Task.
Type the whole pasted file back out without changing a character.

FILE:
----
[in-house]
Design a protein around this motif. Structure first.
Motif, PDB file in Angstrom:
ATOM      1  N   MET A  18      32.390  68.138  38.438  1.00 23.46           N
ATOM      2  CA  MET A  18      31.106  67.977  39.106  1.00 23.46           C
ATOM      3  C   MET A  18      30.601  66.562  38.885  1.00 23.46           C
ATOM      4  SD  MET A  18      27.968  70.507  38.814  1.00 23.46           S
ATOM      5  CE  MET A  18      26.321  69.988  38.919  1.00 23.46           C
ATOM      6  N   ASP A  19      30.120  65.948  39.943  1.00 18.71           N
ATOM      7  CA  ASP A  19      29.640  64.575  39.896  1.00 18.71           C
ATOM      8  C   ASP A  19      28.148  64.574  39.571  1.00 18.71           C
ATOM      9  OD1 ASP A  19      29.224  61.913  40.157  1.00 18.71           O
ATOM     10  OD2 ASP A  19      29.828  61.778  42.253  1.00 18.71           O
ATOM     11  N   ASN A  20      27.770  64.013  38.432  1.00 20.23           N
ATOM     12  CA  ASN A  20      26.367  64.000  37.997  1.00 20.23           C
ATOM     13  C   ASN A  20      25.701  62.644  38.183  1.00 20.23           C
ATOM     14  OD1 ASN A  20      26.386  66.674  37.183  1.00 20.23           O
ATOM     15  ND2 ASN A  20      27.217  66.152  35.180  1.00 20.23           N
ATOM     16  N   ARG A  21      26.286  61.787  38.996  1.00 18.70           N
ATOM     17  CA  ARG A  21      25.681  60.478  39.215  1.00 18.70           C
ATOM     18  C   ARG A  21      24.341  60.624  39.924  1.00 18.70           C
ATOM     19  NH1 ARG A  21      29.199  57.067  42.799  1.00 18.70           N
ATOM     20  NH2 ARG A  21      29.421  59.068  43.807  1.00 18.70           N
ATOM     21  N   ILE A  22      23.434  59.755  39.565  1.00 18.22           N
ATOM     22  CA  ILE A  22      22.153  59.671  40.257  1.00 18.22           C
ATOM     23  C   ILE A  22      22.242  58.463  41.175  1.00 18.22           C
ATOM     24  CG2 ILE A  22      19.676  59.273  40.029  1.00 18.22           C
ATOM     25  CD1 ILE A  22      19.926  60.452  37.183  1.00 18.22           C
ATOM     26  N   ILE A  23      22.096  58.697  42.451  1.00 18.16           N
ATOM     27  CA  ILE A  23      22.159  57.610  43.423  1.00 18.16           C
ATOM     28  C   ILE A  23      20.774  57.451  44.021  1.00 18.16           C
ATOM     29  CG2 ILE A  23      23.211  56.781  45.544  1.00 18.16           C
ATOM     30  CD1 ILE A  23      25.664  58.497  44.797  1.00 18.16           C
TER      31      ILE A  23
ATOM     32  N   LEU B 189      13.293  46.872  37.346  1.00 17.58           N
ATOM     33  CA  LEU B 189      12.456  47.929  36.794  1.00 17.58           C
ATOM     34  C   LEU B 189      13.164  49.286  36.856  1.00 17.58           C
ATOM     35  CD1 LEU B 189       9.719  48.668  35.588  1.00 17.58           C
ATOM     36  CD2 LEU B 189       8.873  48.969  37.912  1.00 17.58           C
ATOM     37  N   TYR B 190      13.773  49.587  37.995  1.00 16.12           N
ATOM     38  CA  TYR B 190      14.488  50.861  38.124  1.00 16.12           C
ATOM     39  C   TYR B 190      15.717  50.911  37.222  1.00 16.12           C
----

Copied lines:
[in-house]
Design a protein around this motif. Structure first.
Motif, PDB file in Angstrom:
ATOM      1  N   MET A  18      32.390  68.138  38.438  1.00 23.46           N
ATOM      2  CA  MET A  18      31.106  67.977  39.106  1.00 23.46           C
ATOM      3  C   MET A  18      30.601  66.562  38.885  1.00 23.46           C
ATOM      4  SD  MET A  18      27.968  70.507  38.814  1.00 23.46           S
ATOM      5  CE  MET A  18      26.321  69.988  38.919  1.00 23.46           C
ATOM      6  N   ASP A  19      30.120  65.948  39.943  1.00 18.71           N
ATOM      7  CA  ASP A  19      29.640  64.575  39.896  1.00 18.71           C
ATOM      8  C   ASP A  19      28.148  64.574  39.571  1.00 18.71           C
ATOM      9  OD1 ASP A  19      29.224  61.913  40.157  1.00 18.71           O
ATOM     10  OD2 ASP A  19      29.828  61.778  42.253  1.00 18.71           O
ATOM     11  N   ASN A  20      27.770  64.013  38.432  1.00 20.23           N
ATOM     12  CA  ASN A  20      26.367  64.000  37.997  1.00 20.23           C
ATOM     13  C   ASN A  20      25.701  62.644  38.183  1.00 20.23           C
ATOM     14  OD1 ASN A  20      26.386  66.674  37.183  1.00 20.23           O
ATOM     15  ND2 ASN A  20      27.217  66.152  35.180  1.00 20.23           N
ATOM     16  N   ARG A  21      26.286  61.787  38.996  1.00 18.70           N
ATOM     17  CA  ARG A  21      25.681  60.478  39.215  1.00 18.70           C
ATOM     18  C   ARG A  21      24.341  60.624  39.924  1.00 18.70           C
ATOM     19  NH1 ARG A  21      29.199  57.067  42.799  1.00 18.70           N
ATOM     20  NH2 ARG A  21      29.421  59.068  43.807  1.00 18.70           N
ATOM     21  N   ILE A  22      23.434  59.755  39.565  1.00 18.22           N
ATOM     22  CA  ILE A  22      22.153  59.671  40.257  1.00 18.22           C
ATOM     23  C   ILE A  22      22.242  58.463  41.175  1.00 18.22           C
ATOM     24  CG2 ILE A  22      19.676  59.273  40.029  1.00 18.22           C
ATOM     25  CD1 ILE A  22      19.926  60.452  37.183  1.00 18.22           C
ATOM     26  N   ILE A  23      22.096  58.697  42.451  1.00 18.16           N
ATOM     27  CA  ILE A  23      22.159  57.610  43.423  1.00 18.16           C
ATOM     28  C   ILE A  23      20.774  57.451  44.021  1.00 18.16           C
ATOM     29  CG2 ILE A  23      23.211  56.781  45.544  1.00 18.16           C
ATOM     30  CD1 ILE A  23      25.664  58.497  44.797  1.00 18.16           C
TER      31      ILE A  23
ATOM     32  N   LEU B 189      13.293  46.872  37.346  1.00 17.58           N
ATOM     33  CA  LEU B 189      12.456  47.929  36.794  1.00 17.58           C
ATOM     34  C   LEU B 189      13.164  49.286  36.856  1.00 17.58           C
ATOM     35  CD1 LEU B 189       9.719  48.668  35.588  1.00 17.58           C
ATOM     36  CD2 LEU B 189       8.873  48.969  37.912  1.00 17.58           C
ATOM     37  N   TYR B 190      13.773  49.587  37.995  1.00 16.12           N
ATOM     38  CA  TYR B 190      14.488  50.861  38.124  1.00 16.12           C
ATOM     39  C   TYR B 190      15.717  50.911  37.222  1.00 16.12           C